Helping America Navigate a New Energy Reality

Peak Oil Review – 14 Dec 2015

By on 14 Dec 2015 in Peak Oil Review

Quote of the Week

“Credit rating agency Fitch says defaults for oil and gas companies are already at the highest since 1999. Since the start of the third quarter, at least 12 oil and gas companies have defaulted on their debt. The ‘zombies’ bet that by shifting into survival mode they can hang on until oil prices recover, but the outlook is grim.”

Anna Driver and Tracy Rucinski, Reuters, “Zombies Appear in U.S. Oil Fields”

Contents
1.  Oil and the Global Economy
2.  The Middle East & North Africa
3.  China
4.  Russia/Ukraine
5. Climate Conference
6. The Briefs

1.  Oil and the Global Economy

Oil prices tumbled for six straight sessions following the OPEC decision to maintain production levels the week before last. At the close Friday prices were down 11 percent for the week with New York futures closing at $35.62 a barrel and London at $37.93. This is the lowest close for oil futures since the 2008-2009 recession. Adjusting for inflation, oil prices this low were last seen in 2002. A pessimistic IEA report on Friday contributed to the price drop by forecasting that the oil glut will continue well into next year as the demand for oil falls and additional Iranian oil comes onto the market. The IEA now says that the increase in global demand in 2016 will be only 1.2 million b/d as compared to 1.8 million this year.  The only good news for oil prices was a 21 unit drop in the US rig count last week, but as the markets know by now, drops in the rig count do not immediately translate into lower production even in the rapidly depleting shale oil fields.

US natural gas prices also took a major hit last week closing below $2 per million BTU’s as weather forecasts are calling for above-average temperatures for much of the US at least through January. Spot prices for natural gas at the Henry Hub fell as low as $1.77 last week, the lowest since November 2001. Given the wave of unusually warm weather there is no end to the price slump in sight.

Global oil supplies crept up to 96.9 million b/d in November as record production from Iraq and higher Kuwaiti production offset a drop by African producers. The IEA forecasts that non-OPEC (mostly US shale oil) production will fall by 600,000 b/d next year, but this will be offset by increased Iranian production which should be 500,000 b/d or higher by the end of next year. The Agency says there will likely be enough new and existing storage capacity to hold the 300 million or so additional barrels that will accumulate in 2016. There has been much discussion of late as to how little impact the drop in oil prices during the last 18 months has had on economic growth in the US and other countries.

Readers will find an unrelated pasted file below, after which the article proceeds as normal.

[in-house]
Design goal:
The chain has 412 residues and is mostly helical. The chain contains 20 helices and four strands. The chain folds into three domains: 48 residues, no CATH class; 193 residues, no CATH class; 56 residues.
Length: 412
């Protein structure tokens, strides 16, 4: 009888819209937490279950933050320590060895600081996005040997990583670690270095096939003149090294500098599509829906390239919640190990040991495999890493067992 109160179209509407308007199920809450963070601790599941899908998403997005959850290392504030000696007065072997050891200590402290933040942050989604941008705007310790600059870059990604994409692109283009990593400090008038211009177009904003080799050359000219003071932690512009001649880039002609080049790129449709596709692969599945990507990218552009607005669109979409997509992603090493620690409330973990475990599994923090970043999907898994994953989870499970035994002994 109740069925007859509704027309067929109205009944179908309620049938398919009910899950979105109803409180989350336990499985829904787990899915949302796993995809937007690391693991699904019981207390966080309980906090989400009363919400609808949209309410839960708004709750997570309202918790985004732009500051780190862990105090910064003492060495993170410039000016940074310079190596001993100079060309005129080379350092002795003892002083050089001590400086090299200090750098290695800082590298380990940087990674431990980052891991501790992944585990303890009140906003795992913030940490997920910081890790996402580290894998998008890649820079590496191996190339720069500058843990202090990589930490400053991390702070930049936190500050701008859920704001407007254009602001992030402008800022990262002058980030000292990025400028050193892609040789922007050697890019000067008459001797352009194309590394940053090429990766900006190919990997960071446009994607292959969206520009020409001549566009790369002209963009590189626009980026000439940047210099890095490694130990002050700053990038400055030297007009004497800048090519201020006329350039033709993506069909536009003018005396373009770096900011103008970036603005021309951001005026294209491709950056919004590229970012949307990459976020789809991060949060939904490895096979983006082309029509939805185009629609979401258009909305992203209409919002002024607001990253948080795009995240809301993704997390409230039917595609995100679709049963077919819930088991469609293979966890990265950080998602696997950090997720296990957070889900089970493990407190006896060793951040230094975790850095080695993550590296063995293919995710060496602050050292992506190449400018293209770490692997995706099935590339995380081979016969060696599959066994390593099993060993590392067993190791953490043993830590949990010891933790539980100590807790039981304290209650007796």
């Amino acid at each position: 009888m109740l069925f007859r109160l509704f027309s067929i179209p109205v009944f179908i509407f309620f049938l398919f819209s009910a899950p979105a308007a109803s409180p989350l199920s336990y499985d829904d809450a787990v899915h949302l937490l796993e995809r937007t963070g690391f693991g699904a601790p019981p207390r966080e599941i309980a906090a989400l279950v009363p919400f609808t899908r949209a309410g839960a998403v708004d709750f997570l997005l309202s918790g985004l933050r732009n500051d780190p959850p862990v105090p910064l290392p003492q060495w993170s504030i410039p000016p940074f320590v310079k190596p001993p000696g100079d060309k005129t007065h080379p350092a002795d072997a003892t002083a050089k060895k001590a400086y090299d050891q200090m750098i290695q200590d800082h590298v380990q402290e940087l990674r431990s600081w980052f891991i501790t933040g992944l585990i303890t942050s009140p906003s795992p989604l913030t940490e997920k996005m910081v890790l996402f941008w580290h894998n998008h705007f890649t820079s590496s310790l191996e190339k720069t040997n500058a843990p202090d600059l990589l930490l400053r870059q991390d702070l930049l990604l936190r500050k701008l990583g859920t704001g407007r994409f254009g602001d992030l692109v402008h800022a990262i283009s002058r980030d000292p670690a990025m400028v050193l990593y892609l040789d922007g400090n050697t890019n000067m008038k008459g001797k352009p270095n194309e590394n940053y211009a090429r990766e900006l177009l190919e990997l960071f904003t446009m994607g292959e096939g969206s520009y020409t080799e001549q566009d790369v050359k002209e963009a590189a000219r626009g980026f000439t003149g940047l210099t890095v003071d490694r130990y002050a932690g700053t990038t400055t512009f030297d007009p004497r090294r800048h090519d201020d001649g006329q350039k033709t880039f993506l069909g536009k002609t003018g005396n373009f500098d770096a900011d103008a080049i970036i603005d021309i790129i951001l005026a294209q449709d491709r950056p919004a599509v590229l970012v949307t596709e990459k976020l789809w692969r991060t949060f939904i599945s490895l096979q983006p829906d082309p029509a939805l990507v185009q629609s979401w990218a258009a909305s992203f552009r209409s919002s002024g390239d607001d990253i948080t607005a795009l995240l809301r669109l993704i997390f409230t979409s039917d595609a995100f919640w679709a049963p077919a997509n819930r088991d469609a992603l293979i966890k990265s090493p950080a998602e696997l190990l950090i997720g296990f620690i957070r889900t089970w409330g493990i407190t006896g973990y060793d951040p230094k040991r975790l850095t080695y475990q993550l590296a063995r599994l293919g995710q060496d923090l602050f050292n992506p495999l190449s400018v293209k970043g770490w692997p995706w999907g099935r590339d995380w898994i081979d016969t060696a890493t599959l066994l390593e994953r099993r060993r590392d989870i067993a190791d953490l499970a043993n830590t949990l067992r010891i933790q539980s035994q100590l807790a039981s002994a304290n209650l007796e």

Nearly everybody foresees a bad year ahead for the oil industry. Hedge funds are short. Distant futures are not doing well, foreclosing on the opportunities of storing oil aboard tankers for a year or two with a guaranteed profit at contract expiration.

The world’s oil companies need to replace the 34 billion barrels of oil that are consumed globally each year. In 2015 capital spending on exploration and production fell by $250 billion leaving enough spending to produce about 8 billion barrels from this year’s investment.  Capital spending by large oil companies is seen as falling by $70 billion next year making the situation still worse. It is numbers like these that have some people asking whether we are seeing the all-time peak in world oil production this year or whether a rebound in oil prices will be matched by sufficient investment to offset depletion in coming years.

For the smaller oil companies that have been producing mostly shale oil in the US, many foresee big troubles in the coming year with numerous bankruptcies and mergers. Last week the junk-bond market which has been financing much of the shale oil boom took a hit with the sudden closure of a high-profile junk-bond mutual fund. Many fear investors will see that the risk of default by companies with high debts is increasing and that money to continue oil drilling operations will dry up in the coming year.

Some pessimists see the recent breaking of the $40 oil price barrier which came last week as a harbinger of the deflation that will soon trigger another severe recession even in the US.  Japan, Canada, Brazil, and Russia are already in recession.  The US economy has been bumping along for the last seven or eight years by printing money. Near-zero interest rates have made it possible to service oil industry debt that will never be repaid. Next year will be a very interesting one which could determine much of the oil industry’s future.

2.  The Middle East & North Africa